Crude prices dipped slightly before jumping again after the Energy Information Administration reported an inventory decline of 4.6 million barrels for the week to January 7.
The inventory change followed an estimated 2.1-million-barrel decline for the previous week.
In fuels, however, the EIA reported builds across the board.
Gasoline inventories added 8 million barrels in the first week of the new year, compared with a hefty build of 10.1 million barrels for the previous week.
Gasoline production averaged 8.6 million bpd, which compared with 8.5 million bpd in the previous week.
In middle distillates, the EIA estimated an inventory increase of 2.5 million barrels for the first week of January, which compared with a build of 4.4 million barrels during the last week of December 2021.
Middle distillate production averaged 4.8 million bpd last week, compared with 5 million bpd in the previous week.
Refinery runs last week averaged 15.6 million bpd, which compared with 15.9 million bpd for the previous week. Imports averaged 6.1 million bpd, compared with 5.9 million bpd during the last week of 2021.
Oil prices meanwhile have been oscillating rapidly driven by production changes in Libya, fluctuating concern about the effect the Omicron variant will have on demand and OPEC’s melting spare production capacity.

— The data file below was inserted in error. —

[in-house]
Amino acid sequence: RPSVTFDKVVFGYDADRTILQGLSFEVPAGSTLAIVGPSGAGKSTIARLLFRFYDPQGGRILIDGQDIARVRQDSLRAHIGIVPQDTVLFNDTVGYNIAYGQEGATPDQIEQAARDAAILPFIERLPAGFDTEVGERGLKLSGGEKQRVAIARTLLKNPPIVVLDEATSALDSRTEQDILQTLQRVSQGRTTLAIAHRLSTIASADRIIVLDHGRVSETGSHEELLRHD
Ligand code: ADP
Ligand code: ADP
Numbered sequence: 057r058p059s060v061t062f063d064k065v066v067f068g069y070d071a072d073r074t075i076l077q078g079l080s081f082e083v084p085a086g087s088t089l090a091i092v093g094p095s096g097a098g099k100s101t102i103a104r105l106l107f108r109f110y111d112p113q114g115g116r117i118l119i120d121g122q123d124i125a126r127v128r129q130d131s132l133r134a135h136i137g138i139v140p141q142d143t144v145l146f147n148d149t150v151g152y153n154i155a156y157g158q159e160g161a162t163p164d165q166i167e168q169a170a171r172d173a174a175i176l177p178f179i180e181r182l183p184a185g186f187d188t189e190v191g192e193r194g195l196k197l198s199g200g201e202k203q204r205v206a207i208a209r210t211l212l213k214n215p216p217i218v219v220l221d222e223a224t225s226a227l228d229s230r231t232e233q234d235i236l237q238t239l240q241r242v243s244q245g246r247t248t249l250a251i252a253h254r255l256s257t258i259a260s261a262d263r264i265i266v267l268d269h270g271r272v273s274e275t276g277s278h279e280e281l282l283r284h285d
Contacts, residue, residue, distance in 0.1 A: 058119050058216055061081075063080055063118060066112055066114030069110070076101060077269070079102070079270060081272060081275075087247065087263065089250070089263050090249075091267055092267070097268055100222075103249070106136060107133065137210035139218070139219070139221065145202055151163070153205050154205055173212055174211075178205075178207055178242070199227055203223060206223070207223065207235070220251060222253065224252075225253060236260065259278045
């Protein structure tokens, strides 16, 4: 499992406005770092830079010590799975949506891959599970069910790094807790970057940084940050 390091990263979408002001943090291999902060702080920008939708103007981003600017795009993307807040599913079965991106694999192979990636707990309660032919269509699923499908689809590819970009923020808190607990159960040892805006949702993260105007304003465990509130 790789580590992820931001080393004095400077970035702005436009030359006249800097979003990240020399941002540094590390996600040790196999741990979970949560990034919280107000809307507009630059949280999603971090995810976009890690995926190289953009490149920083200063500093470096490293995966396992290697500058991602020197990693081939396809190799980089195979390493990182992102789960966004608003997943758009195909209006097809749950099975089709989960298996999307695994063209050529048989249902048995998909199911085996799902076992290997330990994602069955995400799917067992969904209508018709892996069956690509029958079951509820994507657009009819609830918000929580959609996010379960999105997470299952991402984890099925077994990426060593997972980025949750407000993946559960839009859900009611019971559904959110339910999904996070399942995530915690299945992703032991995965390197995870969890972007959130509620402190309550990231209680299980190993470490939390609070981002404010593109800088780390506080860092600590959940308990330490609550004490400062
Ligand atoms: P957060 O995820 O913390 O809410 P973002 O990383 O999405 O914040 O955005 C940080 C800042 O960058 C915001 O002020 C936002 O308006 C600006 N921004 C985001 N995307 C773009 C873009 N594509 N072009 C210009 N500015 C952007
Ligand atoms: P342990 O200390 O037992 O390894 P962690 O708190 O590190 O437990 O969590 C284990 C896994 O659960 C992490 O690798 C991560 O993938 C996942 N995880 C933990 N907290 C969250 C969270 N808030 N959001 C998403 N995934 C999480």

At the time of writing Brent crude was trading at $84.28 per barrel and West Texas Intermediate was changing hands at $82.17 per barrel both up as tailwinds gained the upper hand temporarily. Among these was the change in attitude towards the latest coronavirus variant, with analyst joining OPEC in expecting the effect of the latest infection wave to be short-lived.
"Omicron has yet to wreak the havoc of the Delta variant and may never do so, keeping the global recovery on track," OANDA analyst Jeffrey Halley told Reuters.
Another reason for bullish price predictions has to do with OPEC’s dwindling spare capacity.
"Combination of facts - that demand is going to be stronger than anticipated and that OPEC's supply may not grow as fast as the demand - is why prices are climbing," said Price Futures Group analyst Phil Flynn, as quoted by Reuters earlier this week.